The “modernization” of the AFP has been ongoing since 1995, when an initial appropriation of P50 billion was approved by Congress under the terms of the Armed Forces Modernization Act (Republic Act No. 7898). Intended to last for 15 years, the Act lapsed in 2010. But the modernization program was renewed and extended for another 15 years during the term of the late former President Benigno Aquino III with an initial budget of P75 billion. It was specifically renewed to meet whatever challenges could arise from the country’s problems with China and other claimant-countries in the West Philippine Sea. About P300 billion for the purchase of modern weaponry and equipment for the Philippine Army, Navy, and Air Force was also approved by then President Rodrigo Duterte in 2018.

Human rights groups opposed the program during the Duterte regime out of understandable fears that the equipment and weapons purchased under the plan would be used against the citizenry as part of the government’s anti-insurgency campaign rather than to prepare the AFP to deter any external threat. That indeed happened in a number of instances in which some supposedly “rebel-influenced” communities were reportedly bombed and strafed by the “modernized” aircraft of the Philippine Air Force.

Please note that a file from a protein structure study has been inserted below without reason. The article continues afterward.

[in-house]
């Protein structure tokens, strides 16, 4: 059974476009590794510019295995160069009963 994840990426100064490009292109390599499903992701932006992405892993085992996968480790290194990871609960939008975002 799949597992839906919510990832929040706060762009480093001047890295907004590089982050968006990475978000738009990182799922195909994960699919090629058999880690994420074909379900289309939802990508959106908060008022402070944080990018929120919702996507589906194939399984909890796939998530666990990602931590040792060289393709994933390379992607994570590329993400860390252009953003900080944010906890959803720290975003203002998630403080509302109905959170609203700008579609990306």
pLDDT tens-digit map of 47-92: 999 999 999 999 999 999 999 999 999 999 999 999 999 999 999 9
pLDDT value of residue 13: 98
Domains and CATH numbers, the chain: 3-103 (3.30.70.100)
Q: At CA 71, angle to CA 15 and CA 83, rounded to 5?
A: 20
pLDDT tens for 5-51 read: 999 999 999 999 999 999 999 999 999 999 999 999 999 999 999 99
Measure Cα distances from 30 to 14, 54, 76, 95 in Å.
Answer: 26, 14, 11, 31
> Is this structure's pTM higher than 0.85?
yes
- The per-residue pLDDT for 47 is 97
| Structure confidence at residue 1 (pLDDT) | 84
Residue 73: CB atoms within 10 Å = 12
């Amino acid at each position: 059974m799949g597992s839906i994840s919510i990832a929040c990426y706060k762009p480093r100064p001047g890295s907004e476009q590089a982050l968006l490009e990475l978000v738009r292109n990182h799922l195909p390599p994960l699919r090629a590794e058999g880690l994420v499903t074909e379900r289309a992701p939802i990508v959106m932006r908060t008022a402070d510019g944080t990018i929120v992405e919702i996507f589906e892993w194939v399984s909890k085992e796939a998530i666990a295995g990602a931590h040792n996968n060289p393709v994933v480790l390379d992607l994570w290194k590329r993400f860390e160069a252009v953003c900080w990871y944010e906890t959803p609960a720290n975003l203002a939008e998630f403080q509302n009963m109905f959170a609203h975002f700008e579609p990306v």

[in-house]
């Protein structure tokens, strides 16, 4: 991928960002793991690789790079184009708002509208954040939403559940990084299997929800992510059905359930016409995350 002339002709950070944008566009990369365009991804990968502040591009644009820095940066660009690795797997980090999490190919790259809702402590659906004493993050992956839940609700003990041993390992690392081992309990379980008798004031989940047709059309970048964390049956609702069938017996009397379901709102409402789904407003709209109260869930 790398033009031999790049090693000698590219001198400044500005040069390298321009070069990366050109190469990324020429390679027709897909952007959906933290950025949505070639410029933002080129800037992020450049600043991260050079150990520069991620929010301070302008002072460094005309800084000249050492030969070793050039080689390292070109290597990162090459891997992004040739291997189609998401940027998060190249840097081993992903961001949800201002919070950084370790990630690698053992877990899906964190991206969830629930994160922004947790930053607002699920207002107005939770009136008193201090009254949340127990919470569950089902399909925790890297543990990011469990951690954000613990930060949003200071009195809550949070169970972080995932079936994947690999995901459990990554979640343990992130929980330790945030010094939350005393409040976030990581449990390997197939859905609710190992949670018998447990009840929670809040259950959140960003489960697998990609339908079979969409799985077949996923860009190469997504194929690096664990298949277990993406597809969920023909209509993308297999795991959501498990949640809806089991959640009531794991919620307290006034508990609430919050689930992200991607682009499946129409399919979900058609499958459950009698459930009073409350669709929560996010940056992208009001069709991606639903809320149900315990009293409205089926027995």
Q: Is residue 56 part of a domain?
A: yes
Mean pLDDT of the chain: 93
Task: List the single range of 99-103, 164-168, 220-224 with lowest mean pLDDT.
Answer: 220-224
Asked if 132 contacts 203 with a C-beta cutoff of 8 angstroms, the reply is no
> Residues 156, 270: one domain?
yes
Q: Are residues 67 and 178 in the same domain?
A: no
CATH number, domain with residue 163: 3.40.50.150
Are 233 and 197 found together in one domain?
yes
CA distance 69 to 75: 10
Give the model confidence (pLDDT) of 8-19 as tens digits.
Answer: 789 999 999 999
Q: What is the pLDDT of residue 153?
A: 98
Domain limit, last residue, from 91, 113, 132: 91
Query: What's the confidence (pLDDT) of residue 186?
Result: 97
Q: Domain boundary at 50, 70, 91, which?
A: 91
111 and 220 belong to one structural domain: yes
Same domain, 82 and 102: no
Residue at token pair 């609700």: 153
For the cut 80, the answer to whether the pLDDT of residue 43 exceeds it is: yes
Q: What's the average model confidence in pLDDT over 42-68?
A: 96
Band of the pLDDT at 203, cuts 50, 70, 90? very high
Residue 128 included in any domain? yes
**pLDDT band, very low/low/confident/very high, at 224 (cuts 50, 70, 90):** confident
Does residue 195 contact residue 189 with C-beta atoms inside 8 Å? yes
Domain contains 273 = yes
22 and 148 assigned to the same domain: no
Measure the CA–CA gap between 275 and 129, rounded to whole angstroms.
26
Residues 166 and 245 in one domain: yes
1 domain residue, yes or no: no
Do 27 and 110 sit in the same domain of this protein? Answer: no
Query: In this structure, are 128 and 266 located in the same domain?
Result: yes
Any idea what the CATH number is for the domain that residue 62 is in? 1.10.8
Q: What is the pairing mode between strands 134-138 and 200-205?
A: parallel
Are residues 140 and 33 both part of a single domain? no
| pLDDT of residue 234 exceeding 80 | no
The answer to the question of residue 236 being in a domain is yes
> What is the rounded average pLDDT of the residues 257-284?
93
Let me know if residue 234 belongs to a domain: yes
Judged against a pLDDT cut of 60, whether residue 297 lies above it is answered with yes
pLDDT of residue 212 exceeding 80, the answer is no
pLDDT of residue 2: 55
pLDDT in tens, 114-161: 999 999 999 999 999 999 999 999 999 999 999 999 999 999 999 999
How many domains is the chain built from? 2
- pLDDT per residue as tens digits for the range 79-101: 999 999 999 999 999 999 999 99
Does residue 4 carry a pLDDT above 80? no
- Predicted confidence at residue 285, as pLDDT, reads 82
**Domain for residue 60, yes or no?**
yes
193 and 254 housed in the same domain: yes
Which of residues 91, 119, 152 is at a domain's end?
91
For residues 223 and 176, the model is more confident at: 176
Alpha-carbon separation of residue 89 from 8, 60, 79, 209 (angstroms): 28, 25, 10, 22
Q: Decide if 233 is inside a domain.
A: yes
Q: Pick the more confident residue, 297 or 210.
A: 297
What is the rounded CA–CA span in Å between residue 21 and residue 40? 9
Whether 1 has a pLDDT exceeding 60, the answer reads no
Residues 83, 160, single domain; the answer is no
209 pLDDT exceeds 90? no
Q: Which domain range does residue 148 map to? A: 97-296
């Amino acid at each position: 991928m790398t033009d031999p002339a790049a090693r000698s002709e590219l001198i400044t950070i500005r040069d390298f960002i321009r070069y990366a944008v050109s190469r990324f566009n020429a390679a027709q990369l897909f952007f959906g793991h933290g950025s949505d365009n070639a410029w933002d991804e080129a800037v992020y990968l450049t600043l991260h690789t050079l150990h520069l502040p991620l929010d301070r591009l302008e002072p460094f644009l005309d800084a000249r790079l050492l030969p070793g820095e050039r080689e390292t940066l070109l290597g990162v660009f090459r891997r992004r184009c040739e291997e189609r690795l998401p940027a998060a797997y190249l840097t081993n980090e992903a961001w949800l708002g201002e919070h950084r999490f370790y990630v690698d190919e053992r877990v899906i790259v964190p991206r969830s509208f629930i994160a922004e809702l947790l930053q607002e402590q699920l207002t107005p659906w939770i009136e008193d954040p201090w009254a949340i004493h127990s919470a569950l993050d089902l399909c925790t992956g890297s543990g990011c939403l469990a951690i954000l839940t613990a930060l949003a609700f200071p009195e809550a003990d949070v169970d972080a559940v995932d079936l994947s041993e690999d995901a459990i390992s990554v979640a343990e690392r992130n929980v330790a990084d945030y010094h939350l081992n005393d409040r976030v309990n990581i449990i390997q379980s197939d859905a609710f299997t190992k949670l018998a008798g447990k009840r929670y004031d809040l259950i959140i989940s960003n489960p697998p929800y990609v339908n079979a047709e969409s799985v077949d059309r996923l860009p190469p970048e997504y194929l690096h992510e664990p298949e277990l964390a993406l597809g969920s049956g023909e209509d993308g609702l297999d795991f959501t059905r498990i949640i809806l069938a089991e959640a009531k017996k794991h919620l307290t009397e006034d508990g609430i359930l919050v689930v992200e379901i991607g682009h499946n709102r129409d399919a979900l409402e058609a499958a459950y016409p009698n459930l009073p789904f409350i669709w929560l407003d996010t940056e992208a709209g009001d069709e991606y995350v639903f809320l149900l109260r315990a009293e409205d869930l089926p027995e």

That issue demands the making of a clear policy on what military “modernization” means, specifically by including in its definition its departure from serving as the internal pacification force that it was created to be during the early years of the US colonial period when it was used to hunt down the remnants of the Katipunan, and it’s focusing instead on external defense today, more than a century later. That re-orientation, plus the billions in US aid and in modernization funds available to it, could accelerate its long-delayed transformation from an instrument of the powerful few into its Constitutionally-mandated role as the protector and defender of the Filipino people.

It may not immediately lead to the Philippines’ self-reliance in defending itself from any armed attack, but it could help the country to eventually reach the preliminary stages of that military development. Only then could the government review, revise, amend, or eventually abrogate the Mutual Defense Treaty and begin the process of weaning itself away from its historic and current dependence on a country with which the Filipino people may not always have a commonality of interests.


Luis V. Teodoro is on Facebook and Twitter (@luisteodoro).